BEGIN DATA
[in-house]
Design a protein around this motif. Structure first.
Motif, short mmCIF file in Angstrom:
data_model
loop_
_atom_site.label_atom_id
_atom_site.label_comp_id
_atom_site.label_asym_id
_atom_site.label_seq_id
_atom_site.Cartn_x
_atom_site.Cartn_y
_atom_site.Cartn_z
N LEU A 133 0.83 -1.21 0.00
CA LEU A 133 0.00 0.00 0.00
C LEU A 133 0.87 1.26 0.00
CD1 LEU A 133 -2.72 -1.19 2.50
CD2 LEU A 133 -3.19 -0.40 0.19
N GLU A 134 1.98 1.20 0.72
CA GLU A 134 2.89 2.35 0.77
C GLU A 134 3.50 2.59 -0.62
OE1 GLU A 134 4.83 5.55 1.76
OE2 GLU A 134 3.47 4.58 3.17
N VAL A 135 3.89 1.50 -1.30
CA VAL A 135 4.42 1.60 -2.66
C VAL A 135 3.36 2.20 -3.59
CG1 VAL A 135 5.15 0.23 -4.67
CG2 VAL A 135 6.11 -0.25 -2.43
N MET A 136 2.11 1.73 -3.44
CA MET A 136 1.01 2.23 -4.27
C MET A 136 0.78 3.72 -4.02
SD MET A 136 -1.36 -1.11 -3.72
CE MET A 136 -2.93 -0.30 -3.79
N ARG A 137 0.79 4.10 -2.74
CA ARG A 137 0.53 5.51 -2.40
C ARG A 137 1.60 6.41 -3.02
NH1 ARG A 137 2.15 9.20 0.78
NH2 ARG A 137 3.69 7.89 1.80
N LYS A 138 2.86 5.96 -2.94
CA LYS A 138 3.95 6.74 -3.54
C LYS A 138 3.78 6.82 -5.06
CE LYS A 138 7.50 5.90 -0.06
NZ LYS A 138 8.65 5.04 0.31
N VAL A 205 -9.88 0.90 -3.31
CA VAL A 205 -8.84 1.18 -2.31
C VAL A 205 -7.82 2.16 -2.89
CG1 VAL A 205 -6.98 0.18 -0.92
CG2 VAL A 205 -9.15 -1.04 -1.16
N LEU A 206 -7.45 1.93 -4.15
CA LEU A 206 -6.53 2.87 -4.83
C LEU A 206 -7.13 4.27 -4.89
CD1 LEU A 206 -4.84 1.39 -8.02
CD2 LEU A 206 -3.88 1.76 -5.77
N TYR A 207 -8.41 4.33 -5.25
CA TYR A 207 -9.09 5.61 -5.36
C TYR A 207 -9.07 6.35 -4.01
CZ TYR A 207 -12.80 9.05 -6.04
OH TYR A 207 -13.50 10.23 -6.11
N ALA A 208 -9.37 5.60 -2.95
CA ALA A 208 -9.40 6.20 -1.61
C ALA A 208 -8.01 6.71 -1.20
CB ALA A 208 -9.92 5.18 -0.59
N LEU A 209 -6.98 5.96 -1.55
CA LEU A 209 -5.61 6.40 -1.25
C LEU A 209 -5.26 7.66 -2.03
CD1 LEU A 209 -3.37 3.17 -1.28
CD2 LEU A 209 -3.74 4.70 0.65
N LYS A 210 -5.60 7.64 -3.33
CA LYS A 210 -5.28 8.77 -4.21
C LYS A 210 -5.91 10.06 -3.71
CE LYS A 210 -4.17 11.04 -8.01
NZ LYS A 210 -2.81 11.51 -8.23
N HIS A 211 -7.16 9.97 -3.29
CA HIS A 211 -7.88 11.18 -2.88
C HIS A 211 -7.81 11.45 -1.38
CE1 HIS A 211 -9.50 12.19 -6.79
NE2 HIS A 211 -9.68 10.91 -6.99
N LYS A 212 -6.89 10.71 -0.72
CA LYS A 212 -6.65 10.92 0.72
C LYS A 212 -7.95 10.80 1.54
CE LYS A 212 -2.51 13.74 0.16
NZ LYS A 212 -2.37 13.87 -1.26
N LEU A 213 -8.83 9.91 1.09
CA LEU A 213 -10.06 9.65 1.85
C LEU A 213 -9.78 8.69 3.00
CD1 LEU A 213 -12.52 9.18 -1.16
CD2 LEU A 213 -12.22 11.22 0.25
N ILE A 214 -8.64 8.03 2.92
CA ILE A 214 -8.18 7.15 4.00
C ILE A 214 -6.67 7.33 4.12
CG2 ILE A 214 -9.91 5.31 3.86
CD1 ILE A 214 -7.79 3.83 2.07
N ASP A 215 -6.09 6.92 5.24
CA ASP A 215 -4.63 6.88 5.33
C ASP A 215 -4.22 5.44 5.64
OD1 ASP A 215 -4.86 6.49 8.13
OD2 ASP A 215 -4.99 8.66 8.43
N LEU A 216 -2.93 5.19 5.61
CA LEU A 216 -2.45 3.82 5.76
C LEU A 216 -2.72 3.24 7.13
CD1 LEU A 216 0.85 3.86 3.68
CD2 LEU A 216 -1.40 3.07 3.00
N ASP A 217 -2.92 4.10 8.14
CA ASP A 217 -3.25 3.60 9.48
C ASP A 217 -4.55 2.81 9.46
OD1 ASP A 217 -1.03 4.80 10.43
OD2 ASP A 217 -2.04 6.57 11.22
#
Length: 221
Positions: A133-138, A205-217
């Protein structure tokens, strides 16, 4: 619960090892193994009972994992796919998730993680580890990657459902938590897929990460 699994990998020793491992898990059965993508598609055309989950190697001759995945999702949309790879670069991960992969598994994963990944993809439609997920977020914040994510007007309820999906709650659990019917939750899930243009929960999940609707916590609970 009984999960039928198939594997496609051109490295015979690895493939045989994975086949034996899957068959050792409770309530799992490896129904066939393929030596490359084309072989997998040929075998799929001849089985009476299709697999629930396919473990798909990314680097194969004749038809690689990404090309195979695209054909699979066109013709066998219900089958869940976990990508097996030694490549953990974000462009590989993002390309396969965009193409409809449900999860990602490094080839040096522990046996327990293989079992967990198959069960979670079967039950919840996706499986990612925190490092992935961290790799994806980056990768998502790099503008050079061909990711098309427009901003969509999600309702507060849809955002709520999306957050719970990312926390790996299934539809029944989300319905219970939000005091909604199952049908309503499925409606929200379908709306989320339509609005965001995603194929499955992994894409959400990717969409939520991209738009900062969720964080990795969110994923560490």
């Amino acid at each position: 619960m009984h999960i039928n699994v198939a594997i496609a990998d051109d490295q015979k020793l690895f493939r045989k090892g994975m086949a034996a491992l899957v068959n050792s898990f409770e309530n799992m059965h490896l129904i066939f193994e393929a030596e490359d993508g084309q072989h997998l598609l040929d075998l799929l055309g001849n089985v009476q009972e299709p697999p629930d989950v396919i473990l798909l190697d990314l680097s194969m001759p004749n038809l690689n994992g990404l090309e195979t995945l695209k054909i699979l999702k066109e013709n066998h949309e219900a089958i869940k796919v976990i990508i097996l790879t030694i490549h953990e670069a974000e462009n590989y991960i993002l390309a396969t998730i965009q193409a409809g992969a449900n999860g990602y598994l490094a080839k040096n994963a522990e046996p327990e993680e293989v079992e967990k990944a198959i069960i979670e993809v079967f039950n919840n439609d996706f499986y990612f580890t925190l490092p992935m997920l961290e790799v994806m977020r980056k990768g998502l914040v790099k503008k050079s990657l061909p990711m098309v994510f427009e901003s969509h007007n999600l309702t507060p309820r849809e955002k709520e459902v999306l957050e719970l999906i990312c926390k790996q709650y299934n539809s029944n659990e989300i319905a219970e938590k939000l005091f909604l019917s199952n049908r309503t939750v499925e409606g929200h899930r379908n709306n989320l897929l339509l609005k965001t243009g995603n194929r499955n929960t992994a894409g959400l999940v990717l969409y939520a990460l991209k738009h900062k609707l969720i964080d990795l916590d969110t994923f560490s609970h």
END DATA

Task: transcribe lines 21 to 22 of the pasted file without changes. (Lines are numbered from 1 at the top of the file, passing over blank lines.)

OE1 GLU A 134 4.83 5.55 1.76
OE2 GLU A 134 3.47 4.58 3.17